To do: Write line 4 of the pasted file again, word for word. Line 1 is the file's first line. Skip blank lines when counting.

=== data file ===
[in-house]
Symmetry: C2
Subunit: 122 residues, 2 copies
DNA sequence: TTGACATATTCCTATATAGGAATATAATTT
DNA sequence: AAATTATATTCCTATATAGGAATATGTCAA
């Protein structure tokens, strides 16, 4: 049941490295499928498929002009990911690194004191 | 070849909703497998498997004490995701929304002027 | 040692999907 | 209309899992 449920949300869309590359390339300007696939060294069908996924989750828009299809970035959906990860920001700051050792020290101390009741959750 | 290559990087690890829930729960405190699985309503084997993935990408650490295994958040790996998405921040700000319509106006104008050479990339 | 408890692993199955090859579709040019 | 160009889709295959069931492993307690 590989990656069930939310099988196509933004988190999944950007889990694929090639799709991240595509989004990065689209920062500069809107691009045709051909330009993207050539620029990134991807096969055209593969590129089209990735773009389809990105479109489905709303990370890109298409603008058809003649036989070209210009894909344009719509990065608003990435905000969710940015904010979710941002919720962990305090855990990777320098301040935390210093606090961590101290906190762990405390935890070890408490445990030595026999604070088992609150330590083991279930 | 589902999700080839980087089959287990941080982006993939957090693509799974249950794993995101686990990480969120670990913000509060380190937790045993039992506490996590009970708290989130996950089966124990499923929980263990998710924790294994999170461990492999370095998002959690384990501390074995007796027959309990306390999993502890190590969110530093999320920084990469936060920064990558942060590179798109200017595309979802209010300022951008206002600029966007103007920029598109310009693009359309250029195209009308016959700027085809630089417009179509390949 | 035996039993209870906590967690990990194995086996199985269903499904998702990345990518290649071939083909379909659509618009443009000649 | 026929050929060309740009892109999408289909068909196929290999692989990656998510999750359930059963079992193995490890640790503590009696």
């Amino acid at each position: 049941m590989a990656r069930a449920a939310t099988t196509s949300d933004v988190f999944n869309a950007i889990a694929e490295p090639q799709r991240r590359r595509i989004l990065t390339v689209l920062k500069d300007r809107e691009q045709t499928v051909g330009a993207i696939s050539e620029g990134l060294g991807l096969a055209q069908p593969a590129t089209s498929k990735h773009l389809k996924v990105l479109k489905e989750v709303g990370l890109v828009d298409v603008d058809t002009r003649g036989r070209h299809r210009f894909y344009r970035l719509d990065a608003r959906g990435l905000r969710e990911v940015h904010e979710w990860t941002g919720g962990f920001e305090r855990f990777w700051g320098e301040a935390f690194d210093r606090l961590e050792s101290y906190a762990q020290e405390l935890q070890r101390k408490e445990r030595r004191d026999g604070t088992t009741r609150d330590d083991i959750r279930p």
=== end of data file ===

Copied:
DNA sequence: TTGACATATTCCTATATAGGAATATAATTT